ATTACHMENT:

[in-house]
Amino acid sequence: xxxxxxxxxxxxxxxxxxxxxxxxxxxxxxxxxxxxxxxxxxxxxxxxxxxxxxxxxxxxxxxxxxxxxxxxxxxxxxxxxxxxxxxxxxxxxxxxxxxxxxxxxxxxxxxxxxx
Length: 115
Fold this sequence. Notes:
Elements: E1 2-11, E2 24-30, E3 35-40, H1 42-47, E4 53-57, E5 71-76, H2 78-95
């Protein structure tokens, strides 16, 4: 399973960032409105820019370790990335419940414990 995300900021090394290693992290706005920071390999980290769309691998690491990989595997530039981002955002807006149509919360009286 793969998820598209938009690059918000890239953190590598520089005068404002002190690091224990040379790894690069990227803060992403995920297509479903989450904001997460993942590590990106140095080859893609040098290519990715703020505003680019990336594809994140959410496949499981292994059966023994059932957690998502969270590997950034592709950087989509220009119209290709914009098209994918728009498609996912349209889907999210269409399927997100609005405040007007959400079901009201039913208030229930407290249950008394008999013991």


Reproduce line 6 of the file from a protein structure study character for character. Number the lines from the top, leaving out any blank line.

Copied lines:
């Protein structure tokens, strides 16, 4: 399973960032409105820019370790990335419940414990 995300900021090394290693992290706005920071390999980290769309691998690491990989595997530039981002955002807006149509919360009286 793969998820598209938009690059918000890239953190590598520089005068404002002190690091224990040379790894690069990227803060992403995920297509479903989450904001997460993942590590990106140095080859893609040098290519990715703020505003680019990336594809994140959410496949499981292994059966023994059932957690998502969270590997950034592709950087989509220009119209290709914009098209994918728009498609996912349209889907999210269409399927997100609005405040007007959400079901009201039913208030229930407290249950008394008999013991």